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Genome-wide identification of quantitative trait loci in a cross between Hampshire and Landrace I: carcass traits
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2006 (English)In: Animal Genetics, ISSN 0268-9146, E-ISSN 1365-2052, Vol. 37, no 2, 156-162 p.Article in journal (Refereed) Published
Abstract [en]

 

We report the identification of quantitative trait loci (QTL) affecting carcass composition, carcass length, fat deposition and lean meat content using a genome scan across 462 animals from a combined intercross and backcross between Hampshire and Landrace pigs. Data were analysed using multiple linear regression fitting additive and dominance effects. This model was compared with a model including a parent-of-origin effect to spot evidence of imprinting. Several precisely defined muscle phenotypes were measured in order to dissect body composition in more detail. Three significant QTL were detected in the study at the 1% genome-wide level, and twelve significant QTL were detected at the 5% genome-wide level. These QTL comprise loci affecting fat deposition and lean meat content on SSC1, 4, 9, 10, 13 and 16, a locus on SSC2 affecting the ratio between weight of meat and bone in back and weight of meat and bone in ham and two loci affecting carcass length on SSC12 and 17. The well-defined phenotypes in this study enabled us to detect QTL for sizes of individual muscles and to obtain information of relevance for the description of the complexity underlying other carcass traits.

Place, publisher, year, edition, pages
2006. Vol. 37, no 2, 156-162 p.
Keyword [en]
carcass traits, genome scan, Hampshire, Landrace, quantitative trait loci
National Category
Medical and Health Sciences
Research subject
Genetics
Identifiers
URN: urn:nbn:se:uu:diva-98075DOI: 10.1111/j.1365-2052.2005.01405.xPubMedID: 16573530OAI: oai:DiVA.org:uu-98075DiVA: diva2:173247
Available from: 2009-02-20 Created: 2009-02-10 Last updated: 2017-12-13Bibliographically approved
In thesis
1. QTL Analysis in the Pig: From the Identification of Quantitative Trait Loci to the Understanding of Molecular Mechanisms
Open this publication in new window or tab >>QTL Analysis in the Pig: From the Identification of Quantitative Trait Loci to the Understanding of Molecular Mechanisms
2009 (English)Doctoral thesis, comprehensive summary (Other academic)
Abstract [en]

Domestic pigs have become very different form the wild ancestors they originate from. Selection for muscle growth and meat quality has made the pig a good model for genetic studies of muscle development.

The first part of this thesis presents a genome-wide scan for quantitative trait loci (QTL) in a cross between Landrace and Hampshire pigs. Traits such as body composition, fat deposition, body length, meat quality and weight measurements of individual muscles were investigated. In total we identified 15 different QTLs that reached genome-wide significance. The three most significant QTLs were for carcass length on chromosome 17 and two overlapping QTLs on chromosome 1 for body composition and weight of M. biceps femoris, respectively. A strong candidate gene for the body composition QTL is melanocortin 4 receptor (MC4R). We also identified several QTLs for sizes of different muscles, fat deposition and meat quality traits.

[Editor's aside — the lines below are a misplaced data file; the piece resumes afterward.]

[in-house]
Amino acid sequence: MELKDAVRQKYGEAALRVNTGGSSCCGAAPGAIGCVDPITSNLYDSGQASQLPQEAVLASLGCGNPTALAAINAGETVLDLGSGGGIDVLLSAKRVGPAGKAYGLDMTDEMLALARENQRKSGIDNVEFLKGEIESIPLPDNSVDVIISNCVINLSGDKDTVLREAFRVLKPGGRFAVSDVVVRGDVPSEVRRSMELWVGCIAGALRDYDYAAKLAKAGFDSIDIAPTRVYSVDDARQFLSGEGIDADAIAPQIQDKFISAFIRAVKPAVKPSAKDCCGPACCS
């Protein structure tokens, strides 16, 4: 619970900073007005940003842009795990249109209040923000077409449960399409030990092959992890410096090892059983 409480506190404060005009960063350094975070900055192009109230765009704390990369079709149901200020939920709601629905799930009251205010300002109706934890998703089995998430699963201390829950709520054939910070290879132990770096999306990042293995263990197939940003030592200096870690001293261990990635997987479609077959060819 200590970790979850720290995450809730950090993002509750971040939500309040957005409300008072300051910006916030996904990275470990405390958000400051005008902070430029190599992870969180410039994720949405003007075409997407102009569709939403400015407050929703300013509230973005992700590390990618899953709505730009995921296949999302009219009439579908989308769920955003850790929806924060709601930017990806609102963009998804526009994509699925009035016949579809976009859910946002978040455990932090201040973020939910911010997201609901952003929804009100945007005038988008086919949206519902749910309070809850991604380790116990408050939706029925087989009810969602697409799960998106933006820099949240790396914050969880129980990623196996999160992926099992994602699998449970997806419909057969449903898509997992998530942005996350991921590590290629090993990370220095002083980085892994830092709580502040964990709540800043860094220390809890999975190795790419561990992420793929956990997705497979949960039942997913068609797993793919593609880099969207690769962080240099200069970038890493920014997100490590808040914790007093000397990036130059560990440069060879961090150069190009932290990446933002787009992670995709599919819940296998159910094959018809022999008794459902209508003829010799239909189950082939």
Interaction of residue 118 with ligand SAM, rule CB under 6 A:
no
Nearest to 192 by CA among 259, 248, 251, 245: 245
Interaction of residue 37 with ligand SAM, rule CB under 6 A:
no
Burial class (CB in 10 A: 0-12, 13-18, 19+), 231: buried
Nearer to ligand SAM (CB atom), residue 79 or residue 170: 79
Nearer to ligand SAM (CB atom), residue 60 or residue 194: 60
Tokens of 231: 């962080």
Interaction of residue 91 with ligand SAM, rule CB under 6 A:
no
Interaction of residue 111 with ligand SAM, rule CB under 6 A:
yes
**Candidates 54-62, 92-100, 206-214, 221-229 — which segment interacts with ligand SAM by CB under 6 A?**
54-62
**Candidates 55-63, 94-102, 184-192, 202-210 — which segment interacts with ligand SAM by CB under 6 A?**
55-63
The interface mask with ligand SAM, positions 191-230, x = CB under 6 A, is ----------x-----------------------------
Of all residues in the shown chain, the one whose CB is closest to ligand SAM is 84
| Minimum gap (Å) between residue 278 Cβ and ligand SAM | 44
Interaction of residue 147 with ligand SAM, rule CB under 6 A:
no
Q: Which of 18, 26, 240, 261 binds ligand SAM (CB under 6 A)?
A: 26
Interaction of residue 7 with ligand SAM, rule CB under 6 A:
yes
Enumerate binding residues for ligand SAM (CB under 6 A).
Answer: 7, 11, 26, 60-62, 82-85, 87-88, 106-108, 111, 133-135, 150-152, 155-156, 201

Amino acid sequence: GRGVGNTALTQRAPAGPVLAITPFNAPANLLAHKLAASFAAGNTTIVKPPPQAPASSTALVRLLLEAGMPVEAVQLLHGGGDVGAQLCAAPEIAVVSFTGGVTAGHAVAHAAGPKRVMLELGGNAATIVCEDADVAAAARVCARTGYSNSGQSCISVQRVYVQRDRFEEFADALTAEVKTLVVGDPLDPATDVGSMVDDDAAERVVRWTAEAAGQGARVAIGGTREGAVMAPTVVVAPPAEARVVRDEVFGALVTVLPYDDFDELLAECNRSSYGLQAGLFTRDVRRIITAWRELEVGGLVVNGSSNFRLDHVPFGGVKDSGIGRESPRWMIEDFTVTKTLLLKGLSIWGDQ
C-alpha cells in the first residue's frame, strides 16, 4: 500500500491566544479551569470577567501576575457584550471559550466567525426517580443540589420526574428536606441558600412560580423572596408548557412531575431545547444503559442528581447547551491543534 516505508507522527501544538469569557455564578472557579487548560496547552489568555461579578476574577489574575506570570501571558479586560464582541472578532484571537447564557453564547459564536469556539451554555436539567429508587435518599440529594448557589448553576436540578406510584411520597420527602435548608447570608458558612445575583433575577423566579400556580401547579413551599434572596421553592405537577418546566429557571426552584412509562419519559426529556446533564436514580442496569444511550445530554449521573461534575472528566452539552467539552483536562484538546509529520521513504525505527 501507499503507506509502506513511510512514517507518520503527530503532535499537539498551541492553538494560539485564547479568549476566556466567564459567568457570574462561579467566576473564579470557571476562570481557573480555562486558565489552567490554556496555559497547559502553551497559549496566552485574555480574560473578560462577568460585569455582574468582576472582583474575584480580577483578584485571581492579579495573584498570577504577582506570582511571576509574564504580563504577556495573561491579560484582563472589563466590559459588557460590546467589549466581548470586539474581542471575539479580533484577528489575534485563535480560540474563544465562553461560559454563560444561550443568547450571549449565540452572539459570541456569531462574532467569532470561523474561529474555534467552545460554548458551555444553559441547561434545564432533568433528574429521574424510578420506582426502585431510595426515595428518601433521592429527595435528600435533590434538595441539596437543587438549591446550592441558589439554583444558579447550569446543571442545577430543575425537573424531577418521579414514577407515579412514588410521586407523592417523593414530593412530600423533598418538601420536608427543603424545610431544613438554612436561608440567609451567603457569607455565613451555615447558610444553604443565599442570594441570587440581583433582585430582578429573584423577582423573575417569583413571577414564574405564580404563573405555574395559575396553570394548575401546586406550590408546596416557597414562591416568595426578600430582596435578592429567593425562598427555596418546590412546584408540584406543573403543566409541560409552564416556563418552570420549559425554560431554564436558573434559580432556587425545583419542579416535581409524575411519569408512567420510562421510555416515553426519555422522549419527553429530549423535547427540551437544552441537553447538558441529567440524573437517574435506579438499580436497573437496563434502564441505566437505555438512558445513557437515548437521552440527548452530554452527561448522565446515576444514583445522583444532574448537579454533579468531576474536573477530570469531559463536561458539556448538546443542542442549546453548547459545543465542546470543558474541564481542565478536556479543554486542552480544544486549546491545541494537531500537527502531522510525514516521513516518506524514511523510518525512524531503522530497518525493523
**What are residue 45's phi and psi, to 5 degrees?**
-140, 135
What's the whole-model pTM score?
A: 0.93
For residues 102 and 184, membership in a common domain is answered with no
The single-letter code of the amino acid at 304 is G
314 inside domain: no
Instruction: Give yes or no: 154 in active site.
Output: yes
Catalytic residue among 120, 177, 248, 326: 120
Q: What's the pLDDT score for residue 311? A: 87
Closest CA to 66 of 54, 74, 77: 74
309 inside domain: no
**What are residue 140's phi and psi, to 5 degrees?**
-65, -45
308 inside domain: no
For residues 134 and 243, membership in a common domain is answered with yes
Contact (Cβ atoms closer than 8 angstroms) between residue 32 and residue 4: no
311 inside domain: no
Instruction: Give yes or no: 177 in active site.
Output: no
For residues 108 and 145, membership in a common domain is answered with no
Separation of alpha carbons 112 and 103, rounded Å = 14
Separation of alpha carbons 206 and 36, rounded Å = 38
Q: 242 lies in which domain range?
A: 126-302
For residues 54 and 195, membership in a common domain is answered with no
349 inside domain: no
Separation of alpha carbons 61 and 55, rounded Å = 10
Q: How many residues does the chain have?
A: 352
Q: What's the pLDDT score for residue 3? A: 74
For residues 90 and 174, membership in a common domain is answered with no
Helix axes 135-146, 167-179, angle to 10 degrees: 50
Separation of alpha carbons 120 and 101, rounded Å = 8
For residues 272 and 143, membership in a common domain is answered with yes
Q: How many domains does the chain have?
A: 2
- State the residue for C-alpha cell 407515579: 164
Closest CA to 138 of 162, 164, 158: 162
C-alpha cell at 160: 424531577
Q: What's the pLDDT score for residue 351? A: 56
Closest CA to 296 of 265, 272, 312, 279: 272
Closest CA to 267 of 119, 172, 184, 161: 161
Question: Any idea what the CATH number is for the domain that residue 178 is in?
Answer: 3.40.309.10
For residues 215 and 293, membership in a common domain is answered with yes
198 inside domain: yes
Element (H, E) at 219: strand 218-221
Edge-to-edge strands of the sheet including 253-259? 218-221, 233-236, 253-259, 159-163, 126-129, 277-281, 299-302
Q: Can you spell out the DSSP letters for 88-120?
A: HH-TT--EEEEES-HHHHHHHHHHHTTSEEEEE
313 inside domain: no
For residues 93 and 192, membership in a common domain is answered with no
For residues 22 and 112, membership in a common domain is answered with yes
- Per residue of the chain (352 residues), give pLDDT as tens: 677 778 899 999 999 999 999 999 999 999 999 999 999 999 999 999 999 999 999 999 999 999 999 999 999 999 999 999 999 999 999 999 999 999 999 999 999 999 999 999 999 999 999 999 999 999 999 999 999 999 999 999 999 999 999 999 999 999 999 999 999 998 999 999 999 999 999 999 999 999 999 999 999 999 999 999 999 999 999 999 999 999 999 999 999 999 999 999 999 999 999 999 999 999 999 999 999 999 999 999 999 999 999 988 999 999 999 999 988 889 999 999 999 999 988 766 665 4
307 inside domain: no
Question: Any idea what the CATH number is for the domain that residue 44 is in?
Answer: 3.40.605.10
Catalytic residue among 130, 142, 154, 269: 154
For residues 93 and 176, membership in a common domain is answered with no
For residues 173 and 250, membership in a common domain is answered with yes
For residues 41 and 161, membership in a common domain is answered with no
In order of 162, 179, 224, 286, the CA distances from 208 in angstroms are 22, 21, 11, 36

In a previous study using a cross between the domestic Large White and wild boar, the mutation underlying a major QTL for muscle growth and fat deposition was identified as a single nucleotide substitution (QTN) in intron 3 of the IGF2 gene. The QTN disrupts the binding of a repressor affecting IGF2 mRNA expression. In the second part of this thesis, the identification of the repressor is presented. The repressor, named ZBED6, is a previously unknown mammalian member of the BED-domain protein family. We could show that Zbed6 specifically binds the wild-type but not the mutated sequence surrounding the QTN. Further studies of silenced Zbed6 in the mouse myoblast cell line C2C12 showed that it represses transcription in a luciferase reporter assay and affects Igf2 mRNA transcription and proliferation. ZBED6 shows very high sequence conservation and has a broad tissue distribution of expression suggesting that ZBED6 also has important biological function outside the muscle cell.

Place, publisher, year, edition, pages
Uppsala: Acta Universitatis Upsaliensis, 2009. 55 p.
Series
Digital Comprehensive Summaries of Uppsala Dissertations from the Faculty of Medicine, ISSN 1651-6206 ; 420
National Category
Medical and Health Sciences
Identifiers
urn:nbn:se:uu:diva-9556 (URN)978-91-554-7412-6 (ISBN)
Public defence
2009-03-13, B41, BMC, Husargatan 3, Uppsala, 13:15 (English)
Opponent
Supervisors
Available from: 2009-02-20 Created: 2009-02-10 Last updated: 2012-11-26Bibliographically approved

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Andersson, Leif

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